Room on the Broom – Review

Worth seeing: for children who love Julia Donaldson's kindly witch who want to see it embellished with catchy tunes, playful puppets and children's comedy
Cast:Amy Harris, Alexandra Harman, David Garrud, Luke McConnell
Director:Olivia Jacobs
Writers:Andy Shaw, Jon Fiber, Julia Donaldson, Robin Price
Theatre:Arts Depot Finchley, London
Dates:8th December 2015 to 3rd January 2016


In this stage musical adaptation of Julia Donaldson’s children’s favourite, a kindly witch tries to make room on her broom for all the animals who help her when things go wrong. Against the wishes of her cat.


Over the years, Julia Donaldson – through books such as The Gruffalo, Tabby McTat, Stick Man and Room on the Broom – has built up a following among children and parents alike, for her imaginative tall tales, written with wit, metre and rhyme.

Each of her books takes little more than five minutes to read. One by one, they’re being turned into highly acclaimed animated short films of about half an hour and and handful have also been adapted for stage shows, in the region of an hour.

Stretching a book that takes five minutes to read to fill an hour, without the original text getting lost, is a tough challenge for any production. Here, this is done by embellishing the narrative with a bit of back-story for the characters and adding a few songs, with varying degrees of success.

There’s always a risk that families flocking to see the stage version of Julia Donaldson books they’ve read or films they’ve seen could be disappointed by scenes, plot points or songs that don’t come from the pen of the inspiration for the show. But what would they expect? They’d know how long the book itself is.

Room on the Broom follows a kindly witch and her cat as they carelessly drop this and that from their broom and end up picking up new friends, each time they pop down to look for what they’ve dropped. But framing the familiar story in the context of a group of people seeing a witch fly by while they’re camping doesn’t really seem to fit Donaldson’s world. The extra banter, however, frequently brings previously paper-thin characters to life – and that includes those characters who, on stage, are presented through skilfully choreographed puppetry.

Most of the songs would brighten up anyone’s day – even that of a witch who’s being chased by a dragon – with cheerful music balancing lyrics that largely add to the understanding of the characters and the context of the story.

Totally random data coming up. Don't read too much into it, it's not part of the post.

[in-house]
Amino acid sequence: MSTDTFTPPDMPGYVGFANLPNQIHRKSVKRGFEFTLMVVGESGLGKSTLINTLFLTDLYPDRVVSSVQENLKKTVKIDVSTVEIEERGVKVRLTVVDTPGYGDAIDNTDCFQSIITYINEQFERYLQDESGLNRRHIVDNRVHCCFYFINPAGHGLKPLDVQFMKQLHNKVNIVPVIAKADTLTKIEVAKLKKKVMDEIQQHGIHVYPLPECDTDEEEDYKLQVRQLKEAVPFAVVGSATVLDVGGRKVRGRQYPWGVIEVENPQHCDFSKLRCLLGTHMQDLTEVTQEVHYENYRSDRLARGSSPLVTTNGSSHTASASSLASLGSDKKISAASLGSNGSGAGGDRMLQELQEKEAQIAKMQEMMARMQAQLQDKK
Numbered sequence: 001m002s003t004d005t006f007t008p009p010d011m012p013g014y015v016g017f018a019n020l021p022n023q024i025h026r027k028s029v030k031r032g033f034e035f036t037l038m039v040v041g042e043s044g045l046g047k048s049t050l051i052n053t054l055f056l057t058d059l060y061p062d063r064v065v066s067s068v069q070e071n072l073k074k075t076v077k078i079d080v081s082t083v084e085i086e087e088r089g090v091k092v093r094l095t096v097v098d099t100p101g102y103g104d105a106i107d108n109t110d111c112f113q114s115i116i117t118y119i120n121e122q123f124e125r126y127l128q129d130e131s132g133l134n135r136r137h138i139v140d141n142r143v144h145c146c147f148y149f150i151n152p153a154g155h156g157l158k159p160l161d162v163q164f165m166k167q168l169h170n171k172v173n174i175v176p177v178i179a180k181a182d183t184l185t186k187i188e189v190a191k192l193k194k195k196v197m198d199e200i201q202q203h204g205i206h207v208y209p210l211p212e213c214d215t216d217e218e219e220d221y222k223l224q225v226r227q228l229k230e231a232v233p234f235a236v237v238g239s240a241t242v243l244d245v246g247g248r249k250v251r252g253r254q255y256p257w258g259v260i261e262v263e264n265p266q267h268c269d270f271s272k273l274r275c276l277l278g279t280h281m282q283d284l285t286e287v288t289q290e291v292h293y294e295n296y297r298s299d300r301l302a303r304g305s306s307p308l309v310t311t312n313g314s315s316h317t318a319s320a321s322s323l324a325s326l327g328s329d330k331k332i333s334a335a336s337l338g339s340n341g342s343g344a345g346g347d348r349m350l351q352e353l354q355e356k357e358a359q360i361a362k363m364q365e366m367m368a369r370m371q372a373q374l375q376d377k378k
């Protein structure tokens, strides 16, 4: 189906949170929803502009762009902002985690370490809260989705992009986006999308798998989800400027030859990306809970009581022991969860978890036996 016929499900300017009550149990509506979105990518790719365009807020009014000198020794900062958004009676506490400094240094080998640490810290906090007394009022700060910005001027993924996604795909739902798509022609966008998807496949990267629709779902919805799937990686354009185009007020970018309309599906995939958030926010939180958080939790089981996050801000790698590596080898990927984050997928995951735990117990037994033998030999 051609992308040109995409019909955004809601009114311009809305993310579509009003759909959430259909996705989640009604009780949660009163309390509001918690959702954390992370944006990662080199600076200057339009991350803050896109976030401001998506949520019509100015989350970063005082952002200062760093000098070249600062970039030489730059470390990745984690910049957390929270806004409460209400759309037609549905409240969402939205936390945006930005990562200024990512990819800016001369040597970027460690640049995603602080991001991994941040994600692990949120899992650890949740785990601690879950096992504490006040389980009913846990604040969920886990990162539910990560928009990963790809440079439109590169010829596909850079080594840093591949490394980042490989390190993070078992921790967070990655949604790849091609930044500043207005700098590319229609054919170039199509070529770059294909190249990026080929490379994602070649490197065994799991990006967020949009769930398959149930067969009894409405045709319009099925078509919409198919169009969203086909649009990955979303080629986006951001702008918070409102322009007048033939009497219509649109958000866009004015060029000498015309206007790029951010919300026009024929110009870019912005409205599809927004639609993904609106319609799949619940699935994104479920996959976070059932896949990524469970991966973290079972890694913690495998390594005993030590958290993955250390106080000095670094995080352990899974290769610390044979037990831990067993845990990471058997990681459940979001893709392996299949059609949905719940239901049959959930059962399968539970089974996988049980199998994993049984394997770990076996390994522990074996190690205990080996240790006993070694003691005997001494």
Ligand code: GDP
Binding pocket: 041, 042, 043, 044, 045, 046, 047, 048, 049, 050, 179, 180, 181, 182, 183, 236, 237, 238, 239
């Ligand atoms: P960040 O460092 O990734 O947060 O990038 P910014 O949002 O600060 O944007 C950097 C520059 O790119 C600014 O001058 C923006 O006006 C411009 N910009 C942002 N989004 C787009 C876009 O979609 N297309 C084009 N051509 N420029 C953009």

But while many people choose to go to see musicals because they know they already like the songs, choosing to go to see a Julia Donaldson book adapted to the stage and finding it filled with songs she didn’t write that you’ve never heard before could come as a bit of a surprise and many who love her words might lose them under a magical melee of character development and song-and-dance numbers.

But a likeable cast – led my Amy Harris’s witch, who’d be a welcome children’s entertainer at any party – draw in the young target audience and often invite them to join in the catchy tunes and although few people will have known the songs on the way in, many will be singing them on the way out.

While Julia Donaldson’s book often seems to get lost under the weight of the production, children will recognise the characters and soon catch on, being drawn into a world that’s faithful enough to Donaldson’s and entertaining enough for the children.

It’s an imaginatively designed, bright, cheerful and tuneful piece of children’s theatre. But despite a number of clear attempts to appeal to the parents – such as a reference to a Queen lyric – while this will be a winner for the youngsters, many parents would probably find more satisfaction and enjoyment from reading the book, whether to their children or not. The only magic for the adults will be seeing how much their children are enjoying the show.

I’m a parent, as proud as can be. Is there room on the broom for a parent like me?

Not really, but there’s plenty of room for your son and his friends.